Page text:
Based on this situation, KResearch believes that the U.S. will continue to protect domestic enterprises through trade protectionism measures under the WTO framework. Although Thailand is not a major target of the U.S., as a country largely dependent on foreign investment, Thailand still risks losing tire investment, because the U.S. AD/CVDs make Thailand’s exports to the U.S. more expensive than those of other countries that have not been subjected to AD duties. In addition, other Thai exports may fall into the same situation in the future, as both the U.S. and China are vying for dominant technologies in the global market, such as electronics, appliances and automobiles.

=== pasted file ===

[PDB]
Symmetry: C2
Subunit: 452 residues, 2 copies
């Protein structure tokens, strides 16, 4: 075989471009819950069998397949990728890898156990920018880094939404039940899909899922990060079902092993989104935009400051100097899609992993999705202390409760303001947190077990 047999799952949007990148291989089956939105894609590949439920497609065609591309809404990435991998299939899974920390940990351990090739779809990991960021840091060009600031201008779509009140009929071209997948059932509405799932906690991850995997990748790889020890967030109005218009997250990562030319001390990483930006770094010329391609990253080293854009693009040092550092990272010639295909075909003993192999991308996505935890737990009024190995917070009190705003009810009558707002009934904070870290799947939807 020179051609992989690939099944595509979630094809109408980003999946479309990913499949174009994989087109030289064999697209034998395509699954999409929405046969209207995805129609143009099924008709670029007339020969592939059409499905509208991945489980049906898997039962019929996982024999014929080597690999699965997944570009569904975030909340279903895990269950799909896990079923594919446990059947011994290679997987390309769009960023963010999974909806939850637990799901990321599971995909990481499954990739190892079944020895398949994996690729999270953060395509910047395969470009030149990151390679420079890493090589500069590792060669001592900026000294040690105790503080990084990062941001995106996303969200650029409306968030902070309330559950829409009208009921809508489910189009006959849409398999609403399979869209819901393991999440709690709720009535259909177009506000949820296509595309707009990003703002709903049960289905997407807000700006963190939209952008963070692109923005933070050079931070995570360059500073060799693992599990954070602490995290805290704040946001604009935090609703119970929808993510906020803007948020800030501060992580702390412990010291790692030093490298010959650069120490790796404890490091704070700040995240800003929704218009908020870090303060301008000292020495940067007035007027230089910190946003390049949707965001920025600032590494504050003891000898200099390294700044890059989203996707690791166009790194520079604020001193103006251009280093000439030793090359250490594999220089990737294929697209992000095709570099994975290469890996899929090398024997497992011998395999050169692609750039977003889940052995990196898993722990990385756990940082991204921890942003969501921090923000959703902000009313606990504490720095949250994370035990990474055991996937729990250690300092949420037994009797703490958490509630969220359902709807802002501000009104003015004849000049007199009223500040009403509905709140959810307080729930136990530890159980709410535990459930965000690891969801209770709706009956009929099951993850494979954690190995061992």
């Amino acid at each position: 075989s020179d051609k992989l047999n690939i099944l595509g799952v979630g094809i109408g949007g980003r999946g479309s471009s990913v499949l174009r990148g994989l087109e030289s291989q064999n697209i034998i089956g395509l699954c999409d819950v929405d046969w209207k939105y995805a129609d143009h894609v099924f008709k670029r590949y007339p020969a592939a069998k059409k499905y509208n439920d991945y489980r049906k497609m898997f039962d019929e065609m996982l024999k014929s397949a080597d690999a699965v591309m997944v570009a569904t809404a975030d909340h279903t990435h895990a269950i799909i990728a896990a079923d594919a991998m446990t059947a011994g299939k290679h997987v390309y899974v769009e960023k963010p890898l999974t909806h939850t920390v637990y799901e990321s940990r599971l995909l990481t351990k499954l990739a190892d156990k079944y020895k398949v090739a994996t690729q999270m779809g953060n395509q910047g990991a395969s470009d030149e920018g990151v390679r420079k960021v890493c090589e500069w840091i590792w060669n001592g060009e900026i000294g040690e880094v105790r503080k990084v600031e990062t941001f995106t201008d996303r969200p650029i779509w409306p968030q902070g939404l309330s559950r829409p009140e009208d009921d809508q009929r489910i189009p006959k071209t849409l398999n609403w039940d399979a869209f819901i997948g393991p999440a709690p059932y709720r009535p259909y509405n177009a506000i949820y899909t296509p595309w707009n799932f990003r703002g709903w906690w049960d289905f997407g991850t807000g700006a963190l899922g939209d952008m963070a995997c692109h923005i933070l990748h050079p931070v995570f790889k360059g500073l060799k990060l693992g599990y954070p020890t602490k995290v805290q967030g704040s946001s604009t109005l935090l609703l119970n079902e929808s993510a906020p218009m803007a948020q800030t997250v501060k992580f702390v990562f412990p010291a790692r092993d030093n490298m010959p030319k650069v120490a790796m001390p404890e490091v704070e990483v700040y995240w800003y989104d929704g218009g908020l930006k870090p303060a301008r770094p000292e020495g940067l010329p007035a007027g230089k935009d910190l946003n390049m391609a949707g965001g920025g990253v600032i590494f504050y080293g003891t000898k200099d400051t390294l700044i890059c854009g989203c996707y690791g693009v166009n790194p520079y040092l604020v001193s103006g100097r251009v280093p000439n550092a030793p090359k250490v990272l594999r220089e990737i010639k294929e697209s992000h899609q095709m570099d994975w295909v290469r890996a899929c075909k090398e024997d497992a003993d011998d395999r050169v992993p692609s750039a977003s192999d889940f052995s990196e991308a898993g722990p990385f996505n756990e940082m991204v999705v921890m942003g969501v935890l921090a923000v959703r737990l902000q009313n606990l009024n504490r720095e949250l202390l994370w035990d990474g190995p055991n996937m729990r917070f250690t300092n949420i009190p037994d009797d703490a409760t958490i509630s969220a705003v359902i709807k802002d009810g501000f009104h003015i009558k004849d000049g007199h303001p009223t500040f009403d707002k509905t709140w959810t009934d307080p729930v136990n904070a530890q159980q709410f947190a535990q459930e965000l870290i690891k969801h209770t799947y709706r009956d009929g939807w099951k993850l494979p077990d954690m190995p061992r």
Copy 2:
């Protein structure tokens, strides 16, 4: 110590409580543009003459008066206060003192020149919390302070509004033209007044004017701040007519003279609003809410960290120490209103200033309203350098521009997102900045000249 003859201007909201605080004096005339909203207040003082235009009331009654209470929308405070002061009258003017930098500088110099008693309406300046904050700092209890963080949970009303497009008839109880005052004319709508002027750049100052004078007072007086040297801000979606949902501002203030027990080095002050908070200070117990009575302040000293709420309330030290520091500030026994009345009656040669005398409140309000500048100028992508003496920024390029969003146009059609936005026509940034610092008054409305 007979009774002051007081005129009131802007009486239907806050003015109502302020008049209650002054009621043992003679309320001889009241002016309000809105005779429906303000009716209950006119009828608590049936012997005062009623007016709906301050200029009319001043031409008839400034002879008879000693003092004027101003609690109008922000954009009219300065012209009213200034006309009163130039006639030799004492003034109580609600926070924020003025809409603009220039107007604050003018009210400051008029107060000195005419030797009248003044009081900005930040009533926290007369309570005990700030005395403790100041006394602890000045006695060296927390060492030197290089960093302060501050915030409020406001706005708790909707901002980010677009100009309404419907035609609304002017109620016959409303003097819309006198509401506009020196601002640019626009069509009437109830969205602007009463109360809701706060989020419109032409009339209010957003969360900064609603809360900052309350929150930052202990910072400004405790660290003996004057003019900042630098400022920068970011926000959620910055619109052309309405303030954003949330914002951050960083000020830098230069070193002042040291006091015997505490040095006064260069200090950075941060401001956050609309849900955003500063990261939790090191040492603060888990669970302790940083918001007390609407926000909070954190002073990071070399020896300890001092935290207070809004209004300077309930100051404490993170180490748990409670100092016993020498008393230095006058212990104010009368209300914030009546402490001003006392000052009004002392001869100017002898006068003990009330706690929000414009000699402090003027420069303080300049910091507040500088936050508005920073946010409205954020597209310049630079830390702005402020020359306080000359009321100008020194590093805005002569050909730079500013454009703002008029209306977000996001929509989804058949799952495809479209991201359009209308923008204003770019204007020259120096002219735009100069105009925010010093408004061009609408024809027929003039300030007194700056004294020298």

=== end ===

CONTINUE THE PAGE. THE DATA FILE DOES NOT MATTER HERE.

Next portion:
The U.S. AD/CVD measures against passenger car tires and light truck tires have put more competitive pressure on Thai-made tires. In the short term, Thailand still has the advantage of being a source of quality raw materials, as well as boasting expertise in automotive and tire production that is unmatched by its ASEAN competitors; thus, existing investment can still be maintained, reducing the risk of investors shifting production bases from Thailand to countries such as Indonesia not yet affected by trade protectionism. Although Indonesia is currently an important import source of passenger car tires and light truck tires to the U.S., accounting for 7% of U.S. passenger car and light truck tire imports, Indonesia still has limitations in terms of production technology and production capacity. In the medium to long term, if the U.S. continues to impose AD/CVD on Thailand and if Thai competitors such as Indonesia continue to be more cost-effective and productive, there is an increased risk that investors will shift production bases from Thailand to Indonesia, or possibly to Mexico or Canada, which are also important sources of tire imports to the U.S. with a combined import share of 21%, which is similar to Thailand’s share. In addition, Mexico and Canada receive import duty relief under the United States-Mexico-Canada Agreement (USMCA), and a production network of leading companies is located in the region.